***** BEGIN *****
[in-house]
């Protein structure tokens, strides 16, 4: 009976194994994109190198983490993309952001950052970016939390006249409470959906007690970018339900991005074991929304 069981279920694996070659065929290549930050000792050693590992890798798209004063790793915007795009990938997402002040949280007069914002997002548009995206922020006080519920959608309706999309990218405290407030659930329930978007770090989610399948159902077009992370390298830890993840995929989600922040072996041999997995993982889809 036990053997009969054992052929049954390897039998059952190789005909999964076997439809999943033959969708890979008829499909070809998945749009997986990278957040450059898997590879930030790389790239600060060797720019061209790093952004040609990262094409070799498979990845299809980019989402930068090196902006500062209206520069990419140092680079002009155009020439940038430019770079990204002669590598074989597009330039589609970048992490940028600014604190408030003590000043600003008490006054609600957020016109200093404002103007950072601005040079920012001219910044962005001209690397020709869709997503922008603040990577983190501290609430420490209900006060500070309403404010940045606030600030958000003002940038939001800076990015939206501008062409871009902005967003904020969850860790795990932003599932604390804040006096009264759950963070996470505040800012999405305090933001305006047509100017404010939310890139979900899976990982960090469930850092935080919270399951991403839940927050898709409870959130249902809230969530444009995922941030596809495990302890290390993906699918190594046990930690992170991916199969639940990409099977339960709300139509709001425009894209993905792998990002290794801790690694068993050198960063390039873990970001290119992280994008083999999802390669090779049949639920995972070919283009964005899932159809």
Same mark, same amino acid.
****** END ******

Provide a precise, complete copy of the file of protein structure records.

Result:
[in-house]
């Protein structure tokens, strides 16, 4: 009976194994994109190198983490993309952001950052970016939390006249409470959906007690970018339900991005074991929304 069981279920694996070659065929290549930050000792050693590992890798798209004063790793915007795009990938997402002040949280007069914002997002548009995206922020006080519920959608309706999309990218405290407030659930329930978007770090989610399948159902077009992370390298830890993840995929989600922040072996041999997995993982889809 036990053997009969054992052929049954390897039998059952190789005909999964076997439809999943033959969708890979008829499909070809998945749009997986990278957040450059898997590879930030790389790239600060060797720019061209790093952004040609990262094409070799498979990845299809980019989402930068090196902006500062209206520069990419140092680079002009155009020439940038430019770079990204002669590598074989597009330039589609970048992490940028600014604190408030003590000043600003008490006054609600957020016109200093404002103007950072601005040079920012001219910044962005001209690397020709869709997503922008603040990577983190501290609430420490209900006060500070309403404010940045606030600030958000003002940038939001800076990015939206501008062409871009902005967003904020969850860790795990932003599932604390804040006096009264759950963070996470505040800012999405305090933001305006047509100017404010939310890139979900899976990982960090469930850092935080919270399951991403839940927050898709409870959130249902809230969530444009995922941030596809495990302890290390993906699918190594046990930690992170991916199969639940990409099977339960709300139509709001425009894209993905792998990002290794801790690694068993050198960063390039873990970001290119992280994008083999999802390669090779049949639920995972070919283009964005899932159809």
Same mark, same amino acid.